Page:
Agencies and brands, what are you doing to prepare for the Super Bowl? Answer us on Twitter: #superbowlprep.
If marketers once resisted their agencies' suggestions to staff a "war room" during the Super Bowl, the 2013 mid-game blackout put an end to that. Oreo's quick tweet -- "Power out? No Problem. You can still dunk in the dark" -- showed that opportunities would be missed, and crises mishandled, if decision-makers spent Super Bowl Sunday at home or with friends. The annual national TV party had officially become a work day.
This year, Anheuser-Busch Inbev is maintaining four "war rooms" around the country, including half a floor at the New York office of Anomaly, its lead creative agency. There, the shop is housing client executives; staff from its own creative, production, communications strategy, social and account management groups; people from the brewer's other social and media buying agencies; and representatives of media partners like Facebook and Google.
The beer giant is also assembling teams in Phoenix, at a hotel for Bud Light not too far from the stadium where the game will be played, and two at satellite campuses in St Louis, Mo., and Palo Alto, Calif.
While the rooms won't stray too far from last year's formats -- TV screens and conference tables loaded with computers -- the actual product might take new form.
"You'll see us experiment with more content types," said Azania Andrews, senior director of digital connections for North America at A-B InBev. That especially means short videos. "Over the past year we've learned a lot about video and how to do it well," she said. "We've seen that consumers are responsive to different types of content on different platforms."
She said there will also likely be more creatives in the room generating content this year.
Those lucky enough to have staffed the war room this week -- yes, it's already up and running -- may have enjoyed leftovers from the Anomaly kitchen, where celebrity chefs David Chang and Eric Ripert were filming "Avec Eric," a cooking show dreamed up by the agency.
The menu for the actual day of the game remains a matter of debate, but war room-staffers can bank on bagels and coffee in the morning, at least, and Budweiser in the afternoon, said Anomaly founding partner Jason DeLand. "It's a working party, a celebration of our industry," he said.
Kia is looking to its media agency Initiative to keep it current during the game. The Interpublic shop has hosted a war room for the client for several years, and this year it's as important as ever, with additional staff from the client's other agencies, said an Initiative spokesman. The client will also be present.
The room will take over the L.A. office's "Town Hall" space, with social community managers, designers, analytics wonks, account leads and staffers from Kia's creative agency surrounded by screens, plus food and beer (brands by MillerCoors, not a Super Bowl advertiser but an Initiative client.)
Matt Lawler, director of social media at Initiative, is also a D.J., so he's bringing his turntables.
Not just for Super Bowl advertisers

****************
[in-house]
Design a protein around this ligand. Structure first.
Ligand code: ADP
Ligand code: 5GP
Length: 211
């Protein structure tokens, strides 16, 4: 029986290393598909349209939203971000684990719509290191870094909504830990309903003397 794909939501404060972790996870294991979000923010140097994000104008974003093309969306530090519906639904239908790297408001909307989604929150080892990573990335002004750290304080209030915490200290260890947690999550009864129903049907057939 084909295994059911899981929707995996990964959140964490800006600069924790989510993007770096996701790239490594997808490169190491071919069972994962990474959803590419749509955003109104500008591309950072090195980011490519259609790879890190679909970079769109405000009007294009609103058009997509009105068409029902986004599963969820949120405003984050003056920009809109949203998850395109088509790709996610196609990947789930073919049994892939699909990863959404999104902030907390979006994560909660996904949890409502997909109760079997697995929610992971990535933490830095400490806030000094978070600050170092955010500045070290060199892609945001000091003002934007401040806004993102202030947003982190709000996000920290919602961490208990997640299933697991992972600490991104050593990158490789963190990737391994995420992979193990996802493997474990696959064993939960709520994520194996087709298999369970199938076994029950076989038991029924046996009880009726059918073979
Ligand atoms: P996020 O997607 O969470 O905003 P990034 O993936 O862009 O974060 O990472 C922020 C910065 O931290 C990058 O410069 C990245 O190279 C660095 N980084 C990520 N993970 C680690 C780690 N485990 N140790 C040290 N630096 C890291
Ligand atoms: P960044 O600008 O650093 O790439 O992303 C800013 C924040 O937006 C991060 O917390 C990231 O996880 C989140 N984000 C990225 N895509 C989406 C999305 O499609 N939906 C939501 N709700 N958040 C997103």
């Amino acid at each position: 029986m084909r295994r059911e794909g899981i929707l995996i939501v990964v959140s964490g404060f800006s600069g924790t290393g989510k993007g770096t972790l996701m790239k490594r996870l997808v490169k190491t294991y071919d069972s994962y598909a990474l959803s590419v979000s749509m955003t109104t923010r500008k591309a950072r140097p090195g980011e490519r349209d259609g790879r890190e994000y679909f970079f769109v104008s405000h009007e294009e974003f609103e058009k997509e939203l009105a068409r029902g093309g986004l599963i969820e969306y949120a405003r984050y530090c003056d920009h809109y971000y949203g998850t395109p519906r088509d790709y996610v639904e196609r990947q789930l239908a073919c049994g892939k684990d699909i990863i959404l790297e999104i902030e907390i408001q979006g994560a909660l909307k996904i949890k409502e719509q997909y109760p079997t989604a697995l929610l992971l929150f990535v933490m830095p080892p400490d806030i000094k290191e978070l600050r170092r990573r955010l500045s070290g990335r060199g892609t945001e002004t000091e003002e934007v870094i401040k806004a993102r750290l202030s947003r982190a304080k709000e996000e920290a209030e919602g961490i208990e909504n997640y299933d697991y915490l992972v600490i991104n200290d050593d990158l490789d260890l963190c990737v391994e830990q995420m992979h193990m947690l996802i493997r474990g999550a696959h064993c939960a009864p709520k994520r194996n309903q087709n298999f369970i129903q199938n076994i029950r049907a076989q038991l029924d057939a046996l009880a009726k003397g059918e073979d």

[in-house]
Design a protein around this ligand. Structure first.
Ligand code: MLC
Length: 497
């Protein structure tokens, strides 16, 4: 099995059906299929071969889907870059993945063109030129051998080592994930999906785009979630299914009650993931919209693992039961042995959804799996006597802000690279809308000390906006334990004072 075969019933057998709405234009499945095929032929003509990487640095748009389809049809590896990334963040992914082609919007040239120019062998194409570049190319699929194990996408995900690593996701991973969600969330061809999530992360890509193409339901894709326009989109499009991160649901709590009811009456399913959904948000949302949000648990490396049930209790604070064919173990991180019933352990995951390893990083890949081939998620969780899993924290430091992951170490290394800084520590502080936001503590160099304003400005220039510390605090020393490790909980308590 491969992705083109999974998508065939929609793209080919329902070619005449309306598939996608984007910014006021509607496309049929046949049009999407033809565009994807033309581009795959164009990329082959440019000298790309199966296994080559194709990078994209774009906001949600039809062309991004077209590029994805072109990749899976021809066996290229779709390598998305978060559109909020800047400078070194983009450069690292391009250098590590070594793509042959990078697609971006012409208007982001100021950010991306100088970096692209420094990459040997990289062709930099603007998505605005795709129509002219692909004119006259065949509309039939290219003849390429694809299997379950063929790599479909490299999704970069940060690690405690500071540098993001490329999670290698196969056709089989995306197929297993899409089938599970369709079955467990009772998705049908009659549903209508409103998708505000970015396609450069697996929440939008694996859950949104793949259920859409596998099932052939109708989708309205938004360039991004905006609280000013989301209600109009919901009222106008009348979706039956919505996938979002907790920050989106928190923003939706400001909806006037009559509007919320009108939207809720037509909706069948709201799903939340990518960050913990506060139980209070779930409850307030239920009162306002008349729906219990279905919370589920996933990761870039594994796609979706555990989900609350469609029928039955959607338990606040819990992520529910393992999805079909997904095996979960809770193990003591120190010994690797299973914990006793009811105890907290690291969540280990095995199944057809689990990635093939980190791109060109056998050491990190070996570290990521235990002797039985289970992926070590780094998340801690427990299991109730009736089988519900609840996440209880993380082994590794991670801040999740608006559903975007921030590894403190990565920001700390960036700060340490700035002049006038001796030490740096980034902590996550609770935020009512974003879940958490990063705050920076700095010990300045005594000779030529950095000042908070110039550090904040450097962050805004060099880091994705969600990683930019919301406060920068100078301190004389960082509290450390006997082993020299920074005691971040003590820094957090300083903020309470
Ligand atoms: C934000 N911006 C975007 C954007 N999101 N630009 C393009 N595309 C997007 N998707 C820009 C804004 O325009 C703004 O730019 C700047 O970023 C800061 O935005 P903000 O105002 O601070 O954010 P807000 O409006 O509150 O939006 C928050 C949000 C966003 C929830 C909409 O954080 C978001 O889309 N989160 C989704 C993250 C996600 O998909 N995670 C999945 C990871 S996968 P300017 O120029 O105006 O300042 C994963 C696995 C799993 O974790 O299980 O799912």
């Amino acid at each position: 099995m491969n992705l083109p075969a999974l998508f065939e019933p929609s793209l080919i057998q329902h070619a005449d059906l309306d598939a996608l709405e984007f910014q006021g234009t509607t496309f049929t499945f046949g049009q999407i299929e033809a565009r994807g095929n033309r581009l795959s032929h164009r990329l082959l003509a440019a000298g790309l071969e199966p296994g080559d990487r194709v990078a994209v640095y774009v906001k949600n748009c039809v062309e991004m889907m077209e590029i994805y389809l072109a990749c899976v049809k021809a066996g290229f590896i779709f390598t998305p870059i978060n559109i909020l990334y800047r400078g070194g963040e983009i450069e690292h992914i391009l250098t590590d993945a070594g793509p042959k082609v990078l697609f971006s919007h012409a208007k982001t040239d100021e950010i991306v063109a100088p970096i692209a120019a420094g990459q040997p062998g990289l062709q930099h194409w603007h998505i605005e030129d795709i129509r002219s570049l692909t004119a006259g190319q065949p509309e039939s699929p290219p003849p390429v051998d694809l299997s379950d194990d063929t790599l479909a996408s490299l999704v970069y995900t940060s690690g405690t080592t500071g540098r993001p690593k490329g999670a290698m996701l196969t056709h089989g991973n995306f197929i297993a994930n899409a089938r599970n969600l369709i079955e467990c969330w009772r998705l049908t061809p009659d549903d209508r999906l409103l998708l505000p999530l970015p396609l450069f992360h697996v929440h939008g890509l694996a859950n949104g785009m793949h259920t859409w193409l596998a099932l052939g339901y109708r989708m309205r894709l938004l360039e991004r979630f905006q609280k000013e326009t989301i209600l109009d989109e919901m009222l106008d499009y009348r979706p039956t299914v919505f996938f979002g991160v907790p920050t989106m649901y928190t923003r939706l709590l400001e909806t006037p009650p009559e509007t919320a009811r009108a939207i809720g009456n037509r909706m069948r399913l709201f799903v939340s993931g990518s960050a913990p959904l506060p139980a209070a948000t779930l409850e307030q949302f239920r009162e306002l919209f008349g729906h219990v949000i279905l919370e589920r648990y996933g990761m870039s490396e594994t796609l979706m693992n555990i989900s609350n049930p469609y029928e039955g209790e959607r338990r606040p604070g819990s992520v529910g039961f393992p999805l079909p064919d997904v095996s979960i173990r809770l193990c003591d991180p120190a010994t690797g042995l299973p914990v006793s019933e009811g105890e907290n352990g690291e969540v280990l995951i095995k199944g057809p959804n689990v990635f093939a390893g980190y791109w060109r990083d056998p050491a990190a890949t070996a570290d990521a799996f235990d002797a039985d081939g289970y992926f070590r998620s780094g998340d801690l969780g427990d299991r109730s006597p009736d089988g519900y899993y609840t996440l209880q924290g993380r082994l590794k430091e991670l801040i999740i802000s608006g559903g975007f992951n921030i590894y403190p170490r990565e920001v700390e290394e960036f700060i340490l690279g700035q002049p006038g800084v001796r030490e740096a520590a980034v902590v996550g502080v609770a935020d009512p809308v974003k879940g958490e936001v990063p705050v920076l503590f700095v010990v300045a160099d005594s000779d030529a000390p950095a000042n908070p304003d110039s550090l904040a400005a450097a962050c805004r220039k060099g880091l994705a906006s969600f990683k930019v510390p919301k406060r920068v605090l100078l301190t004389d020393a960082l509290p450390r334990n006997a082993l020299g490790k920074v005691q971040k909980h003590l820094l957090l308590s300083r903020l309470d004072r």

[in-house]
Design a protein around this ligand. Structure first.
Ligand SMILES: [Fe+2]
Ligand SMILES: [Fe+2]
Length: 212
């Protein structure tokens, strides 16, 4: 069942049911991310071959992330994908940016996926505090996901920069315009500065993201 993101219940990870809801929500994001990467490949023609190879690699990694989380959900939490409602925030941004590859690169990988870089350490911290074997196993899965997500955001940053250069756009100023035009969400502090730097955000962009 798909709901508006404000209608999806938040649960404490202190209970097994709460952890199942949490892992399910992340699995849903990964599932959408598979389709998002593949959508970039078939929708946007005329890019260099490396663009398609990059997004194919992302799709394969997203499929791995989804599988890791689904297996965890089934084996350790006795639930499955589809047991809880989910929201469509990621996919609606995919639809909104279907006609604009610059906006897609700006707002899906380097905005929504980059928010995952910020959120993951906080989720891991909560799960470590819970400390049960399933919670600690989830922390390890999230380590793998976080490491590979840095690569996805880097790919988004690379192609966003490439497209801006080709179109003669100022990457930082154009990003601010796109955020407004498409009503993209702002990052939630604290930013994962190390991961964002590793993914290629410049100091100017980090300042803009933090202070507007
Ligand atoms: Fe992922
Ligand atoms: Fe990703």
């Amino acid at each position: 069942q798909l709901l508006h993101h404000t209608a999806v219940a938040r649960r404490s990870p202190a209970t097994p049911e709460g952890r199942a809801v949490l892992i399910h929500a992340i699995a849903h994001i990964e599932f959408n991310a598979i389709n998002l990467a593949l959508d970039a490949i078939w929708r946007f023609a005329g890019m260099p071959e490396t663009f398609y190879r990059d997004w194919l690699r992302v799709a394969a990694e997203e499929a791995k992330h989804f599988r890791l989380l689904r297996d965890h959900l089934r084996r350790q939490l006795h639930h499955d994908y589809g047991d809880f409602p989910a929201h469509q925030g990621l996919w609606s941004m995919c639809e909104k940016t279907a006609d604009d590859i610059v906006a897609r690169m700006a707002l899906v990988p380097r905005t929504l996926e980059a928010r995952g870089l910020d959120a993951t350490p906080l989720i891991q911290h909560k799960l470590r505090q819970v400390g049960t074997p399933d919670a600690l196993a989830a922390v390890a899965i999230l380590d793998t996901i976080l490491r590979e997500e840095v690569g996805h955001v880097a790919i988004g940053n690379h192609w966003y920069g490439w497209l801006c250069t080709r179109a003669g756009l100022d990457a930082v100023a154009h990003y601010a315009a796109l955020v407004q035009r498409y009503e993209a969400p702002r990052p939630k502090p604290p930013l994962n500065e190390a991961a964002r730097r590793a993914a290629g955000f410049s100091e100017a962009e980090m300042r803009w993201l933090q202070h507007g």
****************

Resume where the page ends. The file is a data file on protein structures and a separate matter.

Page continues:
Marketers with $4.5 million spots aren't the only ones with a "working party," although they might have a little more flexibility in their game day activities.
"Two years ago the mentality was that clients had to be buying a spot to be ready for the Super Bowl," said Shane Atchison, CEO of WPP digital agency Possible. "This year, it's a little more matter-of-fact, with some clients on Skype so they can still watch their game and be with their families, and some truly coming into the office."
"There's a process," he added. "That wasn't covered in the past."
More than 10 of the agency's clients will be getting in on the action at various Possible offices, Mr. Atchison said. None are Super Bowl advertisers this year, and most are new to Super Bowl Sunday war rooms too. One of the shop's big clients will be pushing out digital content for two of its brands via Possible's war rooms for the first time.
"We have more permission to talk to people with more followers and connections in social each year," said Mr. Atchison. "Earned media is easier to activate. You can reach more people at the press of a button."
Much of the creative work is meant to happen in real-time, but the shop is thinking ahead about content around high-profile athletes that received a lot of attention last year, like the Seattle Seahawks' Richard Sherman and Russell Wilson.
While Possible will have rooms in Cincinatti, New York and Seattle totally focused on the data, real-time content and digital buying, the shop is also banking on more casual office parties with almost "20 creatives" around. They'll support the working team should the chance arise. "There's power in the collective," Mr. Atchison said.
Rooms are outdated
Relevant 24's Marc Gallucci doesn't believe in the physical war room, even on game day. "We haven't done the physical war rooms for years," he said. "It's not necessary." Publicis Groupe's Starcom MediaVest Group acquired Relevant 24 in late 2014.
Rather, his staffers will focus on content they prepare in advance, and then a small group working on Sunday will customize it in real time. The shop will create content around the 12 to 15 plays or outcomes it can predict, for example, be it a crazy catch, fumble or trick play. It can then tweak it to fit a particular brand.
Relevant 24 is also creating more content leading up to the game than usual, "to start to tell the story so you don't show up cold," said Mr. Gallucci.
"We're not just reacting to a moment when the lights go out. That's not the plan," he said.
Keep an eye on AdAge.com on Sunday night, when we'll be covering the best (and worst) of Super Bowl real-time marketing. And don't forget to check out last year's classic report, "Go Home Real-Time Marketing. You're Drunk."